Businessman throwing away report into trash
Businessman throwing away report into trash Creatas Images

Five stupid lies people told on their CV

Getting caught lying on your CV while in an interview definitely ranks within the ten most awkward things that can happen to an adult human - up there with accidentally spitting on someone while talking and 'forgetting' to buy a train ticket.

Yet research shows us that more and more jobseekers are choosing to tread this treacherous path to get ahead, in spite of everything your mum ever taught you about telling fibs.

In fact, approximately 70 per cent of CVs include some form of false or inaccurate information according to The Risk Advisory Group, who analysed 5,500 resumes.

This is up seven per cent on last year, with 25-32 year olds cited as the worst culprits.

However, just 12 per cent of 18-24 year olds distorted the truth on their CVs, making them one of the least likely age groups to lie about what they had achieved.

The two most common areas about which people twist their facts? Their employment history and academic experience - which ranged from a bit of extensive self trumpet-blowing to all-guns-blazing deceit.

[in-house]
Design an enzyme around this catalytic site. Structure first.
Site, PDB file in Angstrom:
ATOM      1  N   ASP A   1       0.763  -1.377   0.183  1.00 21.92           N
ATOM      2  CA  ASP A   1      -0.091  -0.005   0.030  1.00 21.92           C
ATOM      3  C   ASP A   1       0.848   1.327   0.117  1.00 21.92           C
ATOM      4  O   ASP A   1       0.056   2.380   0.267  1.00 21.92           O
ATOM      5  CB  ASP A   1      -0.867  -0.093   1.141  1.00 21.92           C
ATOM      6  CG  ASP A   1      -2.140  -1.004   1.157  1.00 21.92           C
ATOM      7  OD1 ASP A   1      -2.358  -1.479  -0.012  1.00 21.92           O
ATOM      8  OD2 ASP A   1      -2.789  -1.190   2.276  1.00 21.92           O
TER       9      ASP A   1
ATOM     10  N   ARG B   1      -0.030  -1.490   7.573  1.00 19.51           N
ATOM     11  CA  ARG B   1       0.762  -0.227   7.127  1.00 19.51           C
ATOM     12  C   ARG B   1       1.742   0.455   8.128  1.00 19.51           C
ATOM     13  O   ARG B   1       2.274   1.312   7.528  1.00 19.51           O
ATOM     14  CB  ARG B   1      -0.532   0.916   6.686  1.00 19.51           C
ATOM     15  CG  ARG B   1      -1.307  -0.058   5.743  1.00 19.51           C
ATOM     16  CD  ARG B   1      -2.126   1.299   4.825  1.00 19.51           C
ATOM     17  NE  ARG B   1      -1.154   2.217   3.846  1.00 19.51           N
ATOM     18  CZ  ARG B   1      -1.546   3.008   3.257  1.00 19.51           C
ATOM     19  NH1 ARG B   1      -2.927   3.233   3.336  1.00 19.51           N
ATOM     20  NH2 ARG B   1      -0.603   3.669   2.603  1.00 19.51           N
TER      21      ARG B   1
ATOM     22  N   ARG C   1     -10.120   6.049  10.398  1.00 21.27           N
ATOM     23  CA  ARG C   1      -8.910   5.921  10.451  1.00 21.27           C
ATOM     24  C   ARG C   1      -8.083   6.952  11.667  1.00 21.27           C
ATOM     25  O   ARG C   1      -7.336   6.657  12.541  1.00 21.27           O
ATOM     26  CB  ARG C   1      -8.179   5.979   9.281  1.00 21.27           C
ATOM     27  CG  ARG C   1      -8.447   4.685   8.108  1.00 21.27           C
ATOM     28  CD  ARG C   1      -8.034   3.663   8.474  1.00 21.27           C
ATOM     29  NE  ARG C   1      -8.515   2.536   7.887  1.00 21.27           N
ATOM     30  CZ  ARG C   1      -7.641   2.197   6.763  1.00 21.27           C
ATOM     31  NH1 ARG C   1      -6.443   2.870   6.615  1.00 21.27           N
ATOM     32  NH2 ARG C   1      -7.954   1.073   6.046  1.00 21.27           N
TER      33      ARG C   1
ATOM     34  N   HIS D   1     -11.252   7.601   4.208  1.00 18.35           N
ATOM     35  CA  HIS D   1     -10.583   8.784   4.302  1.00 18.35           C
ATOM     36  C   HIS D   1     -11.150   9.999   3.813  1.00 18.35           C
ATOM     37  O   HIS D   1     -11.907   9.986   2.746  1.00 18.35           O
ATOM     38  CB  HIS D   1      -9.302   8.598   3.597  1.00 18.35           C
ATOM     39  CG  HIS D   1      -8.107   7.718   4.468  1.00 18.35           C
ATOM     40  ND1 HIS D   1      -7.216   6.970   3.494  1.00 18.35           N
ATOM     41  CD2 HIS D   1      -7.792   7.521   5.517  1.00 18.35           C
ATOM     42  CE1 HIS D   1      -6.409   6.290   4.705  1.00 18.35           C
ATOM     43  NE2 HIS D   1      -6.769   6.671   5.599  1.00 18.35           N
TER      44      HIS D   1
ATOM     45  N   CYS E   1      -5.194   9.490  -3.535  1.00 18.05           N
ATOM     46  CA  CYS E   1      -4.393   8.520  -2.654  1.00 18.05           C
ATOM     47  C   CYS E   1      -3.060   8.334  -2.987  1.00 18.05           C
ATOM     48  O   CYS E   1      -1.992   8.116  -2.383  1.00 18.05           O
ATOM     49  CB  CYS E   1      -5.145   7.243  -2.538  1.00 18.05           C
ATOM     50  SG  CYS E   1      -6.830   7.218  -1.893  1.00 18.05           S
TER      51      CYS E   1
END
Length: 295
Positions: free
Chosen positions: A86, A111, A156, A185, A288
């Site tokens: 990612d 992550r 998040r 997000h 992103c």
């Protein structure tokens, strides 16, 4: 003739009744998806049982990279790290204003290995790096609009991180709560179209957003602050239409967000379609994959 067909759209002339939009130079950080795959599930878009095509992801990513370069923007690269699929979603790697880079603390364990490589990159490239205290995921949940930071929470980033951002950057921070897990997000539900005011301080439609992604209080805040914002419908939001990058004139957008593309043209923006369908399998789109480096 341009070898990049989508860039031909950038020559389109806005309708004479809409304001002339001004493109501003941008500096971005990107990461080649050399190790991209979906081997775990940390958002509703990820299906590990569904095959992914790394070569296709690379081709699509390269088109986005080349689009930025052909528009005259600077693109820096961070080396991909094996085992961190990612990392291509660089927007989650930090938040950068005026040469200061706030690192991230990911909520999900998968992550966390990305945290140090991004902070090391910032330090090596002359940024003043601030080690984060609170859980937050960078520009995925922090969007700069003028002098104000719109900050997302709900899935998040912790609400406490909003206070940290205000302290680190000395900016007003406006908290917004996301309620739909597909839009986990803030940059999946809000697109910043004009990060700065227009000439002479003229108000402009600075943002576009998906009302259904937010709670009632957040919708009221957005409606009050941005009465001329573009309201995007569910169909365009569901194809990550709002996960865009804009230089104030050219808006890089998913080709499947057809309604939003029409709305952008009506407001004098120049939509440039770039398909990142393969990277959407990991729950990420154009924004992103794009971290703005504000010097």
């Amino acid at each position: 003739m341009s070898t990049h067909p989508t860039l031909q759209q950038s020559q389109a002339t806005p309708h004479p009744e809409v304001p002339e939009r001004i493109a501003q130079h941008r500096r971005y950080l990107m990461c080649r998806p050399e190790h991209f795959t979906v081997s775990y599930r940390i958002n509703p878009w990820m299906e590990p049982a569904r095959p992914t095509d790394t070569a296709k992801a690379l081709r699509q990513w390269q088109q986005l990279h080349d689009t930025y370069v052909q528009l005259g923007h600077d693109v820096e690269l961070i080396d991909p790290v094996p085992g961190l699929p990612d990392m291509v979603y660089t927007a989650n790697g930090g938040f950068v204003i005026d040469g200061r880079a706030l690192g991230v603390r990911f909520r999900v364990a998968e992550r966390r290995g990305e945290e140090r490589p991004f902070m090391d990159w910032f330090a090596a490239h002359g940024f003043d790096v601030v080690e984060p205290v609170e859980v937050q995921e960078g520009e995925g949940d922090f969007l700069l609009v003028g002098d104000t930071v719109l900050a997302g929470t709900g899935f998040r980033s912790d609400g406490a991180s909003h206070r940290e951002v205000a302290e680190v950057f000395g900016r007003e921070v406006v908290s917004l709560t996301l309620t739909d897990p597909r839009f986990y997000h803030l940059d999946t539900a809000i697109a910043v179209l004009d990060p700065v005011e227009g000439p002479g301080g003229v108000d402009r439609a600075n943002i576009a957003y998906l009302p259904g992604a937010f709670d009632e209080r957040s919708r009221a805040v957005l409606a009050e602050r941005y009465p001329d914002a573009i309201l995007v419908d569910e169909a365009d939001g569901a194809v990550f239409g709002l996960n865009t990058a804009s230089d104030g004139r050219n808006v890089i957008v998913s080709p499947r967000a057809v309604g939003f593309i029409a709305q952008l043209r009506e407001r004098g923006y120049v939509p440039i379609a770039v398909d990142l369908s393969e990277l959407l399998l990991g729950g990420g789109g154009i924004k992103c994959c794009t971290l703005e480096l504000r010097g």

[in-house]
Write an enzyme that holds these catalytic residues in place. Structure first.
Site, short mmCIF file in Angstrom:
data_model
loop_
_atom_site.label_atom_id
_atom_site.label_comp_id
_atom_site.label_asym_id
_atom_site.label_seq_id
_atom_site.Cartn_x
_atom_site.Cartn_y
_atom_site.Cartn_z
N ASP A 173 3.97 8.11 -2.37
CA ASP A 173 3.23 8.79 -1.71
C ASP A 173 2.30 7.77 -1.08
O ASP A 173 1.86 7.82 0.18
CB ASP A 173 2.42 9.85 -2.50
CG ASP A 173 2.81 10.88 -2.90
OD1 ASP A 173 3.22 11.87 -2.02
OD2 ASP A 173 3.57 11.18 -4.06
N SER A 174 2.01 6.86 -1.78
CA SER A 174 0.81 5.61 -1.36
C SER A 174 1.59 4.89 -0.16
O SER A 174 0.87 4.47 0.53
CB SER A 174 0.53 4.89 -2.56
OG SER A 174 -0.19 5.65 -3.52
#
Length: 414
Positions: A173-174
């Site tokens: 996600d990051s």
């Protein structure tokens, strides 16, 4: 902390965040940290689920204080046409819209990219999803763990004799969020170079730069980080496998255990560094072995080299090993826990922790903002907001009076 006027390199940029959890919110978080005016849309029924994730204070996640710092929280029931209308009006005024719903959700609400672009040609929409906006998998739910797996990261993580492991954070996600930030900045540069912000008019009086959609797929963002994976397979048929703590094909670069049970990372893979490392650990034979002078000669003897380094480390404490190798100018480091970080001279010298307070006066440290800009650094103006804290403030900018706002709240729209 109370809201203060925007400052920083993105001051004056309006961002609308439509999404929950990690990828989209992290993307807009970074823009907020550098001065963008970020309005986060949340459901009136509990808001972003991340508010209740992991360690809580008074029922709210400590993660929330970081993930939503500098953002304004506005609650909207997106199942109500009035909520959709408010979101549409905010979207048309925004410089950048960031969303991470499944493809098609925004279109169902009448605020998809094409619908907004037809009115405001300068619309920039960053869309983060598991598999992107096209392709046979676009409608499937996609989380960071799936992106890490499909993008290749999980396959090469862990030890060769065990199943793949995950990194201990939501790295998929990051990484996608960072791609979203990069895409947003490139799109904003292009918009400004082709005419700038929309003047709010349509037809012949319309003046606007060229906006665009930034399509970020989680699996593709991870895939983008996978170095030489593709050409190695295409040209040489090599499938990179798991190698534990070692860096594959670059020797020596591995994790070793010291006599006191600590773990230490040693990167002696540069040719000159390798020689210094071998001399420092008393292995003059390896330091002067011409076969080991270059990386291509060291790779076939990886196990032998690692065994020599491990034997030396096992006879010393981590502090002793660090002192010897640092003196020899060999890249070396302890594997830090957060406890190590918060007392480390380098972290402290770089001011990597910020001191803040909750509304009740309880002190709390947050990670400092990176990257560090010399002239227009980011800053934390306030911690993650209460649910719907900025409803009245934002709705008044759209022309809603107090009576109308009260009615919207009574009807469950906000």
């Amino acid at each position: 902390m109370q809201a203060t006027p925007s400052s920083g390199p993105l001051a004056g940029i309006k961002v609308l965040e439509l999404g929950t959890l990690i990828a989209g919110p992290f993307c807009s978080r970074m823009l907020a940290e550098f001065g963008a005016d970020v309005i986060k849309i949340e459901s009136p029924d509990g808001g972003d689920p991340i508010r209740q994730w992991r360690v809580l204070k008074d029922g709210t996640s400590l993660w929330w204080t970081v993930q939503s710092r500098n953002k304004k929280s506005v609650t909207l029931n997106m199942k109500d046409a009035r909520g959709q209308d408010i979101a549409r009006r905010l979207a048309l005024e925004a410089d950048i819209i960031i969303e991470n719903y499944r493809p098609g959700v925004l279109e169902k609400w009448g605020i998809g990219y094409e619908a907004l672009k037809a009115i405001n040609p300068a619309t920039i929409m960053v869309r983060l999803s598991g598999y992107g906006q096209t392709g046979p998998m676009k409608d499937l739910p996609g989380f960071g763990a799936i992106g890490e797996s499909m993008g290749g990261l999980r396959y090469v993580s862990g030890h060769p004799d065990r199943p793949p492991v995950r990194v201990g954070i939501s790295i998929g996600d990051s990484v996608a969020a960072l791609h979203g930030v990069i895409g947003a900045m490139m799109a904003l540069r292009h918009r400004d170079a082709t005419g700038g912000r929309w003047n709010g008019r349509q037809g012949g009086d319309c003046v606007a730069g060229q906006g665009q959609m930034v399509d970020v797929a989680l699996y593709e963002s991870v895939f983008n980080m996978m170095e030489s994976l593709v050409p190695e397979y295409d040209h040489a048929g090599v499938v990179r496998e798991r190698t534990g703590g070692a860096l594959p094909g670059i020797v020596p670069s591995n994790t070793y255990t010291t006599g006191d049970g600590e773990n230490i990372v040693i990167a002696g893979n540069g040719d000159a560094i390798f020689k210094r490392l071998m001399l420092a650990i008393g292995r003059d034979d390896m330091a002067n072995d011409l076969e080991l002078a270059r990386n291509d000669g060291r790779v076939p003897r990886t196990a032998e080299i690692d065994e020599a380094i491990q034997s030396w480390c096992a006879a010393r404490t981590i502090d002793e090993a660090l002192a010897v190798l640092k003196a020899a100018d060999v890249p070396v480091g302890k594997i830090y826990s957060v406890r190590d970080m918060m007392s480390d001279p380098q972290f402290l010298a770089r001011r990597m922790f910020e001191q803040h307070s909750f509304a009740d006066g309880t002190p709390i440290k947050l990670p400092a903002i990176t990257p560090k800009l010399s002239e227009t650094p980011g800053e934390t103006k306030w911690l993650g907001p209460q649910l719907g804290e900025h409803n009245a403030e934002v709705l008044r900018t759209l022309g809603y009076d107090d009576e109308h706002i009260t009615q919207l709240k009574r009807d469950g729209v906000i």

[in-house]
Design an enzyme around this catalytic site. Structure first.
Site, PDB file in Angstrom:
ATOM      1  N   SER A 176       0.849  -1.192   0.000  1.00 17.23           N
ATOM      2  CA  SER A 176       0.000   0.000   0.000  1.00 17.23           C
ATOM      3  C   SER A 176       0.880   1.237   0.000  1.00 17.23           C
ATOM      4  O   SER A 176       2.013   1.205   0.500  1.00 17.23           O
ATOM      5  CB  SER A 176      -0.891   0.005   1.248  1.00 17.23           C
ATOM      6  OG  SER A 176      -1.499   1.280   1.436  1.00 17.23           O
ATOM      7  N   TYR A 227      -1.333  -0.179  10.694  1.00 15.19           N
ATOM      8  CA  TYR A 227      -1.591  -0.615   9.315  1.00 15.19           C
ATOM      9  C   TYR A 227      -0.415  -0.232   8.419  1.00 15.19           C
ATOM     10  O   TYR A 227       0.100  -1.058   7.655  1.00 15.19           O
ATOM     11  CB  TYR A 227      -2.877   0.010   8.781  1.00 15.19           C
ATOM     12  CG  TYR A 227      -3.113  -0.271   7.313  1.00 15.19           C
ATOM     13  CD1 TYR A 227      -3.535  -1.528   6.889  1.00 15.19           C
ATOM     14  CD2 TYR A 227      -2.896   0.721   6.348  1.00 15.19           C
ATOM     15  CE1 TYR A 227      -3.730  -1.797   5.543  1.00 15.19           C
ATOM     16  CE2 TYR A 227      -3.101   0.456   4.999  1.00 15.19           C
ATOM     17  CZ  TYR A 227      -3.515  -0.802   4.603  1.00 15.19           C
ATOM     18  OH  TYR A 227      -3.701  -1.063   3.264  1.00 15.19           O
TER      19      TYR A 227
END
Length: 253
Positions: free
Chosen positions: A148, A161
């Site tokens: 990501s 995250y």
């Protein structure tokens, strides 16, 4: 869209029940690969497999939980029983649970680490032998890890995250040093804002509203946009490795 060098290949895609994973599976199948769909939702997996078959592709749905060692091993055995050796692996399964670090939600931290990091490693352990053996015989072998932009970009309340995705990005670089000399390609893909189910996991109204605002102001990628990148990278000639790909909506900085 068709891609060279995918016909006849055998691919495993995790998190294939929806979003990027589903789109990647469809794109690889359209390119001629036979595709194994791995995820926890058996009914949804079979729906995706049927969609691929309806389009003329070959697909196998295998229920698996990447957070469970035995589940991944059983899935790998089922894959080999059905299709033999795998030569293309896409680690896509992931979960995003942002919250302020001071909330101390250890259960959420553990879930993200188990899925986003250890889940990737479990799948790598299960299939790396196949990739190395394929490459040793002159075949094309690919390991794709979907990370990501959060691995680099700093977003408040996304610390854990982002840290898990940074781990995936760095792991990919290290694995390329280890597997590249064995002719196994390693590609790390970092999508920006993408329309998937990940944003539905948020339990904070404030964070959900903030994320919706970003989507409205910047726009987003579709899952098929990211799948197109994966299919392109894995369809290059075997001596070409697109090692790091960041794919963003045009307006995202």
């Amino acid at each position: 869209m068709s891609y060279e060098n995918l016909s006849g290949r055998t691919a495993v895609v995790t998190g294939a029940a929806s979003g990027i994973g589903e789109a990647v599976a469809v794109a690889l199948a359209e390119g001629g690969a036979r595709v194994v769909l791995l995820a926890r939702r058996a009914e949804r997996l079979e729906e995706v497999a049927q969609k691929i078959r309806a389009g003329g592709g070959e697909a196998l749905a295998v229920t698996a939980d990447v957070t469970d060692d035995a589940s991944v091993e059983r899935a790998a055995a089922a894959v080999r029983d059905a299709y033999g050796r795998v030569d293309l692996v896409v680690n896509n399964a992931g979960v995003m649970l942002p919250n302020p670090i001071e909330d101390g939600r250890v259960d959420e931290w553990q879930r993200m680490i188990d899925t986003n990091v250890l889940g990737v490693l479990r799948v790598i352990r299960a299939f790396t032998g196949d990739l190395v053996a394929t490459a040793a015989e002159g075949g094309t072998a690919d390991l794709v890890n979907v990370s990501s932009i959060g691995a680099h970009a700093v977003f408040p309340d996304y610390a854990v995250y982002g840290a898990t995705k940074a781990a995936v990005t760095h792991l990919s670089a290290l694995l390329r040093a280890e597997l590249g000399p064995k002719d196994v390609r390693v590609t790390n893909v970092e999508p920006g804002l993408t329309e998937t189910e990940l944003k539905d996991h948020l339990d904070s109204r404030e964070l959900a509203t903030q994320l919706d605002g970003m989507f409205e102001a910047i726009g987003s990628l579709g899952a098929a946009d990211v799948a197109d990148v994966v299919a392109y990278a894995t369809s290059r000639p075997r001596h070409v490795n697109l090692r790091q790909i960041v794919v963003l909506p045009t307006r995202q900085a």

Here are some of the most heinous examples of tall tales that screening experts picked up on last year:

1. One candidate claimed to have obtained a degree from a top English university. However, not only had he failed to achieve the qualification, he had been expelled from the university altogether.

2. One candidate claimed he had received MBA from a university which was in fact a completely made-up establishment.

3. One applicant said he had been employed as a marketing manager for a period of six months. His referee confirmed that he had indeed worked in the marketing department - but as an intern

4. Another said she had been employed for three months, and resigned for a better opportunity, while in reality she had been employed for only three days, and simply stopped showing up for work without any explanation

5. When asked to provide a reference, one candidate who had run her own restaurant suggested employee screening experts simply "google" a newspaper clipping with feedback from diners and a photo of her. Her failure to provide an acceptable proof of employment meant that her job offer was swiftly withdrawn.



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